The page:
Published: 03/11/2005 Volume 115 No. 5980 Page 3

The British Medical Association wanted one.

The National Institute for Health and Clinical Excellence wanted one. The Royal College of Physicians wanted one. Even the pub industry wanted one. But former health secretary John Reid, along with the scientists at Imperial Tobacco, didn't want one. So the promise of a complete ban on smoking in pubs and members' clubs evaporated.

Whatever the speculation about Cabinet squabbles, the result is a blow for the fight against health inequalities that has dismayed public health managers (news, page 9). There is clear evidence, set out by the BMA and NICE, that a partial ban of this kind would concentrate smoking in poorer areas, in direct contradiction of the 2010 target to cut smoking at a faster rate among non-professionals.

So why the distinction for pubs serving food? Obviously no-one argues that secondhand smoke is more deadly when you are eating scampi and chips - it is arguably more annoying, but surely government policy on smoking should be based on health outcomes rather than etiquette.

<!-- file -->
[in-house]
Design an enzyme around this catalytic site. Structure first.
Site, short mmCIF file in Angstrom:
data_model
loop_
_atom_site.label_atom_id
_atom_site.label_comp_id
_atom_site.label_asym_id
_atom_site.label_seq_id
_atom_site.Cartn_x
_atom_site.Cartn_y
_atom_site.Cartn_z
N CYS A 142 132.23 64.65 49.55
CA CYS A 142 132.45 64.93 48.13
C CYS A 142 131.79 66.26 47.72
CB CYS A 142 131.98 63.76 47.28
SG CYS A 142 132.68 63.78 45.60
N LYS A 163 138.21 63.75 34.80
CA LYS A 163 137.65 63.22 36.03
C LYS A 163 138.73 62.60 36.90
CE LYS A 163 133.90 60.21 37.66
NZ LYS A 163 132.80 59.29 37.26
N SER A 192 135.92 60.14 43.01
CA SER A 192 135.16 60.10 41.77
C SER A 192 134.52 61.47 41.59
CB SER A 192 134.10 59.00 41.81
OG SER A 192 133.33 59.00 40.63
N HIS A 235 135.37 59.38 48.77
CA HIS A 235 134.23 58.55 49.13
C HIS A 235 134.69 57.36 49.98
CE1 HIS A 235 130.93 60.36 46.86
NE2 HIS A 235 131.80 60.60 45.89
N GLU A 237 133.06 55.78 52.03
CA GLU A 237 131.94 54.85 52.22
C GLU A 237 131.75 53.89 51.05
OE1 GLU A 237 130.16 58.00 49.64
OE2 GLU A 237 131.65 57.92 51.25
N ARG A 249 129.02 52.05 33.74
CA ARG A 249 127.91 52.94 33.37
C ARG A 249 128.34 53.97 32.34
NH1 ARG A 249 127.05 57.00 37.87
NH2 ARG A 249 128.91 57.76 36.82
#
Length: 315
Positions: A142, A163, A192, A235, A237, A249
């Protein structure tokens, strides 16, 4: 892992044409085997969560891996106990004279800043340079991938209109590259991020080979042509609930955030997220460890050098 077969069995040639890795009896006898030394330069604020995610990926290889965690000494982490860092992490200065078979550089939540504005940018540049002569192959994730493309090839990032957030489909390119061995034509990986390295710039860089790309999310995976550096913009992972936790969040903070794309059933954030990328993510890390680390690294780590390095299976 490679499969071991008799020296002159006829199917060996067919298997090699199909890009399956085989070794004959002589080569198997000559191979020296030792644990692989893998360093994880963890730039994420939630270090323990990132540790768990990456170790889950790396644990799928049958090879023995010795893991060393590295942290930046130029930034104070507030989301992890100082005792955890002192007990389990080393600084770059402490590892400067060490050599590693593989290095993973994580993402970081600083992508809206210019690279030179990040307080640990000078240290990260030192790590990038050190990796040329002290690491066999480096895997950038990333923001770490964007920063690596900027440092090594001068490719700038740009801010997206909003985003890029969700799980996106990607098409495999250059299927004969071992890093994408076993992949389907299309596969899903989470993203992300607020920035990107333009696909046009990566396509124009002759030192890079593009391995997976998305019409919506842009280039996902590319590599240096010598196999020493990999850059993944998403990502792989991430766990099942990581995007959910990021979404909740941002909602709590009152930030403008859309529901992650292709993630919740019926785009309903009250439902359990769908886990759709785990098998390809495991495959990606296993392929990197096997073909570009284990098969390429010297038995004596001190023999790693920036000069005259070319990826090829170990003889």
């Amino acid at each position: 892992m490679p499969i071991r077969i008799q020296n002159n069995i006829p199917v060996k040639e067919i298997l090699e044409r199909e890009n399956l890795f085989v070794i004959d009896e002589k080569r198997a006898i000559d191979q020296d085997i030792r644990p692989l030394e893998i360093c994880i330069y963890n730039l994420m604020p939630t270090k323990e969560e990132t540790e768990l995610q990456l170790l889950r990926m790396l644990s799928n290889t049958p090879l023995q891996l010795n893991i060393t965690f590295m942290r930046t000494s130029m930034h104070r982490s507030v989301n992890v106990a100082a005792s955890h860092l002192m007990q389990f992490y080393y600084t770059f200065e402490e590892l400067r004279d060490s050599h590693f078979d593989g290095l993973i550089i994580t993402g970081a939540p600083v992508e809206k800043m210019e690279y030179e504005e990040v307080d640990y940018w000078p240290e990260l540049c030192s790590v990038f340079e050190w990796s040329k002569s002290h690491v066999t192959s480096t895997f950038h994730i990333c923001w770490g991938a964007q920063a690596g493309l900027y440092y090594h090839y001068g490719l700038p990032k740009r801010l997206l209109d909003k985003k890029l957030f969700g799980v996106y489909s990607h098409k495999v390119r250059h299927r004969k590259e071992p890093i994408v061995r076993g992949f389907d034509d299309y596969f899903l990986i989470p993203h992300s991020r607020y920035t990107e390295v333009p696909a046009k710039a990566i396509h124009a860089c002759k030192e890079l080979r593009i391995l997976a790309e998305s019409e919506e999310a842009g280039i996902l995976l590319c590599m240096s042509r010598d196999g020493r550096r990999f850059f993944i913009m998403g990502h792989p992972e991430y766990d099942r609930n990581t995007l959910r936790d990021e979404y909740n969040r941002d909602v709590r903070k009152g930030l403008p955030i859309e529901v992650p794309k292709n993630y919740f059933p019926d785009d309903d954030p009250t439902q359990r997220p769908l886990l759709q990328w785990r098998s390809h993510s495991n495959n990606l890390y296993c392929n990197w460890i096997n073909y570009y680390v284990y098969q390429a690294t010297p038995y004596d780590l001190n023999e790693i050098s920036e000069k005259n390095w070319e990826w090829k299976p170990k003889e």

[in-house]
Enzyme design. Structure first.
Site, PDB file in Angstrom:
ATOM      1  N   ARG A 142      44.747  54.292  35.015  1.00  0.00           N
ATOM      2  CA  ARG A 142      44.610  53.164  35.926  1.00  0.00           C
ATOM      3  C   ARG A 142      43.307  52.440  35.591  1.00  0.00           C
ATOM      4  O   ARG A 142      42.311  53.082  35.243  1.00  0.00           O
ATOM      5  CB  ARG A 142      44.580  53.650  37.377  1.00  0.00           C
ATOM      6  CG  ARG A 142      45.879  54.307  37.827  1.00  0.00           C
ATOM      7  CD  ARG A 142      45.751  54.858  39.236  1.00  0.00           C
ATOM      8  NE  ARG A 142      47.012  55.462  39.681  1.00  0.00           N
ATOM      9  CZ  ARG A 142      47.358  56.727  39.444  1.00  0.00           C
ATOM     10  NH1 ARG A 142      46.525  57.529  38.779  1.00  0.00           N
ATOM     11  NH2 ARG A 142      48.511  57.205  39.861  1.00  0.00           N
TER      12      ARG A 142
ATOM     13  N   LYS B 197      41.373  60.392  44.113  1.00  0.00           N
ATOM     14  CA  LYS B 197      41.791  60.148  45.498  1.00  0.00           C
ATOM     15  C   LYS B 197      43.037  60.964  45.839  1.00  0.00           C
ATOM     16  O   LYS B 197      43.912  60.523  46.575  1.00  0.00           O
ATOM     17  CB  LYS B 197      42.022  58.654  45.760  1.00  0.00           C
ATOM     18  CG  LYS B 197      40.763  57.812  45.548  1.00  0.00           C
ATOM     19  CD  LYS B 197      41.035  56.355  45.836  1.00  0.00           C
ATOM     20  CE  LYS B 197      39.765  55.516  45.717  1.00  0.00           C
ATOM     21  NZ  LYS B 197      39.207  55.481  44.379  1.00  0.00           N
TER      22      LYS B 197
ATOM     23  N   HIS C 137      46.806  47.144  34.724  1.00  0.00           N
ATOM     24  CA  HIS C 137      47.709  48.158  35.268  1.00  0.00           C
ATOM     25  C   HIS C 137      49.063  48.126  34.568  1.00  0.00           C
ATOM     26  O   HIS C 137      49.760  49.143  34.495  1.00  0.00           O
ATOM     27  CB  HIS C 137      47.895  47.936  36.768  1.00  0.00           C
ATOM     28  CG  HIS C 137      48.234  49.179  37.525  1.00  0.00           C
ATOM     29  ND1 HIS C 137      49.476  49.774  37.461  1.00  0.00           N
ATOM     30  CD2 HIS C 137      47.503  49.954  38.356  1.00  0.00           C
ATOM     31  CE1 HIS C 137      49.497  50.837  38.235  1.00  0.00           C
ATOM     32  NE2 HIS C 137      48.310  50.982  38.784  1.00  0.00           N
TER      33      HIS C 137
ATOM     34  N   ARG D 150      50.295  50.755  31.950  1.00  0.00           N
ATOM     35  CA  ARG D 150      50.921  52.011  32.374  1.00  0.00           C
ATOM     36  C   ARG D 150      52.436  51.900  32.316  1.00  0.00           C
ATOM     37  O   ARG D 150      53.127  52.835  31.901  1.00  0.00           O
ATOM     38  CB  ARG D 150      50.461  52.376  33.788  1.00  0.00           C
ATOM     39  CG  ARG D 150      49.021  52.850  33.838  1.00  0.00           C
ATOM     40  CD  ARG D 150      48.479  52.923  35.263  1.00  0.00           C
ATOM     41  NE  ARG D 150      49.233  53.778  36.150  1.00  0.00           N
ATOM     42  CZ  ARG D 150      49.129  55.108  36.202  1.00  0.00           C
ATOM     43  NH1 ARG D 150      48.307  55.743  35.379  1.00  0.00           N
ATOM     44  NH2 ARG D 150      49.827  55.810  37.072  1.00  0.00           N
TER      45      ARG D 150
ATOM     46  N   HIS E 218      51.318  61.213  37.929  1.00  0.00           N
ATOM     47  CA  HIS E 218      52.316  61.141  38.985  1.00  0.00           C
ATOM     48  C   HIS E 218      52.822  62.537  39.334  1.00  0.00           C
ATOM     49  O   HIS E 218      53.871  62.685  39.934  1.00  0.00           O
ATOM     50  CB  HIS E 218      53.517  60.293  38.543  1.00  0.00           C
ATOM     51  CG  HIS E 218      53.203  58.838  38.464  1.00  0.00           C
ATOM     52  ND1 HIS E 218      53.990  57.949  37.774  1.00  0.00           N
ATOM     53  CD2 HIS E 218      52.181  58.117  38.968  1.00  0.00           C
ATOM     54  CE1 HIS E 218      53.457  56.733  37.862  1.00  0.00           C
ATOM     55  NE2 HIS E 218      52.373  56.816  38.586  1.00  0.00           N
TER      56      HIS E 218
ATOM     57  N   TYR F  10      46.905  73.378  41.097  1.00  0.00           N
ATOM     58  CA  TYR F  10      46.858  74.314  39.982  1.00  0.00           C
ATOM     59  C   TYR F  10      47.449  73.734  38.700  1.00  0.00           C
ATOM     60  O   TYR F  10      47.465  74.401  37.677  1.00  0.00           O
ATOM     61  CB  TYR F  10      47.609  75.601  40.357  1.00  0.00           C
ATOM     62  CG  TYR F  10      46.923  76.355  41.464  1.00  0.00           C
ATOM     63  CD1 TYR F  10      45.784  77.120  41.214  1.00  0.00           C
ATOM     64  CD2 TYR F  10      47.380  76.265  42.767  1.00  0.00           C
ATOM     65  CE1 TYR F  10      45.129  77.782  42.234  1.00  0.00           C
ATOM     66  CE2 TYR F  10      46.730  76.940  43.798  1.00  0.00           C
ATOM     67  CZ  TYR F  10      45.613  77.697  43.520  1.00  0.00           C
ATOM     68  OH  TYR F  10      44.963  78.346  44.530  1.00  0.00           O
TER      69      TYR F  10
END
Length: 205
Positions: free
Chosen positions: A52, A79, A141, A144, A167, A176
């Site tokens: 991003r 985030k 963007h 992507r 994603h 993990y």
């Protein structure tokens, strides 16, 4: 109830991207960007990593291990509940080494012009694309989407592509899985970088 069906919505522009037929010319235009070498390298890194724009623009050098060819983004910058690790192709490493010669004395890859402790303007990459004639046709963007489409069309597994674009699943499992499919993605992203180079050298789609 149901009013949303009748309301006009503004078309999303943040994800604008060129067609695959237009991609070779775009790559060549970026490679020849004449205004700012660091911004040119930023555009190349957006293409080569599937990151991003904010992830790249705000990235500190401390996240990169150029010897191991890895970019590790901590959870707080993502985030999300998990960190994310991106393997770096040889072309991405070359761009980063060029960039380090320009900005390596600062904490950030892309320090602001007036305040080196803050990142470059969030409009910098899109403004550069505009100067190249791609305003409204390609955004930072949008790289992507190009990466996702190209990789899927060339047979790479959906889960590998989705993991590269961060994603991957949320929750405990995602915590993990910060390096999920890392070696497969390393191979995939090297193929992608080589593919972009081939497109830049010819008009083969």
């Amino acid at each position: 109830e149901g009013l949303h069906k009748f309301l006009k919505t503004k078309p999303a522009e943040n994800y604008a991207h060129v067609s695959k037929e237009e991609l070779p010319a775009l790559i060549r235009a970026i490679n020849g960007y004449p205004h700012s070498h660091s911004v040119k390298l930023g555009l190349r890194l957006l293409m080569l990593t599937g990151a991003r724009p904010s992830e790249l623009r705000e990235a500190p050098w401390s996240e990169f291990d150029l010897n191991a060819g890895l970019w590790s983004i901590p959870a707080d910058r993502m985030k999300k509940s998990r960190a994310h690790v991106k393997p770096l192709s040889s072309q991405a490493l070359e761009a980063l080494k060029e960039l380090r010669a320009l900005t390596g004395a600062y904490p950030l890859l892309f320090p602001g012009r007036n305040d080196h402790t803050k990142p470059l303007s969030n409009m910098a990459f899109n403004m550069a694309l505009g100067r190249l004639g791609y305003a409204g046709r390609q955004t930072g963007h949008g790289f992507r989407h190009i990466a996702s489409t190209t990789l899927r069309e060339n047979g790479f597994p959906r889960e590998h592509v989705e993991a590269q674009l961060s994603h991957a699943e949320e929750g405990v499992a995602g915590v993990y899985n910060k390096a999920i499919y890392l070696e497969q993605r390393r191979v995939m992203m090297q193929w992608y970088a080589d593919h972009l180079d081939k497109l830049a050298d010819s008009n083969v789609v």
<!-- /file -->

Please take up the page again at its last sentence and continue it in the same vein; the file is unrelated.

It seems obvious that the issue is class and the fear that too many Labour voters will be annoyed if they are not given places in which they can drink and smoke simultaneously. It is true that opinion polls do not show majority support for a complete ban on pub smoking, hence the nervousness. But history suggests that public support for the policy grows after full smoking bans are introduced.

A major survey of directors of public health, to be launched in HSJ on 17 November, shows a high level of confidence among primary care trusts on meeting their smoking-cessation targets this year. But confidence falls sharply on the overall target to cut smoking rates to 26 per cent for manual workers by 2010.

They must be thinking of all those poor people whose 'one pleasure' Mr Reid is so committed to retaining - no wonder the smoking lobby want to give him a medal. It will add to his villain status, but critics might better wonder why a current health secretary couldn't swing more power behind her argument than a former one.